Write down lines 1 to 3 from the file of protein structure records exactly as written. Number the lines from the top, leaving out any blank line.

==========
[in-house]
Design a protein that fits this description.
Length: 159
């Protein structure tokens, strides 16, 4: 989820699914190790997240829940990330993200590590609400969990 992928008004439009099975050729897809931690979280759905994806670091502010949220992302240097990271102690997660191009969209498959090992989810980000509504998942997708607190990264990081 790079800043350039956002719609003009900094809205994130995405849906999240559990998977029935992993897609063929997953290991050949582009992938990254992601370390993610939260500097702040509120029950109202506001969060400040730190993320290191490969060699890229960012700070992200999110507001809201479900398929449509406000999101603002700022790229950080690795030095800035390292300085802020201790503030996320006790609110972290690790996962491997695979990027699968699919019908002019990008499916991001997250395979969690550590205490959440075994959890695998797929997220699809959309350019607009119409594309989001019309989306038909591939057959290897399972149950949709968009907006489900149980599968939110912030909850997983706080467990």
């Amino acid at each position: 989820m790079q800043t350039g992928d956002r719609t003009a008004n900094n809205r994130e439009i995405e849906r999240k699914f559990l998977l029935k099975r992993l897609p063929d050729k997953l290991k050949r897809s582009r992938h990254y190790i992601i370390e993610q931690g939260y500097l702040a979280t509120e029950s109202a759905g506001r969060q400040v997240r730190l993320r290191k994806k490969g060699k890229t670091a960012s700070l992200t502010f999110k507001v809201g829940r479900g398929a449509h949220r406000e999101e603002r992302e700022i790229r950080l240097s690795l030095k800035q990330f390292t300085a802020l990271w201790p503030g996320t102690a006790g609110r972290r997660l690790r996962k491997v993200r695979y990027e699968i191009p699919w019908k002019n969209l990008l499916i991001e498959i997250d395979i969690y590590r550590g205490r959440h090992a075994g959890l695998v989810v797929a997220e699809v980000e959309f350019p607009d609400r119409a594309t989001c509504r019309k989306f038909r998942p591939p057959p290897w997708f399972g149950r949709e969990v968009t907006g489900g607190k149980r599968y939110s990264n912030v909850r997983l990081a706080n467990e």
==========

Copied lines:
[in-house]
Design a protein that fits this description.
Length: 159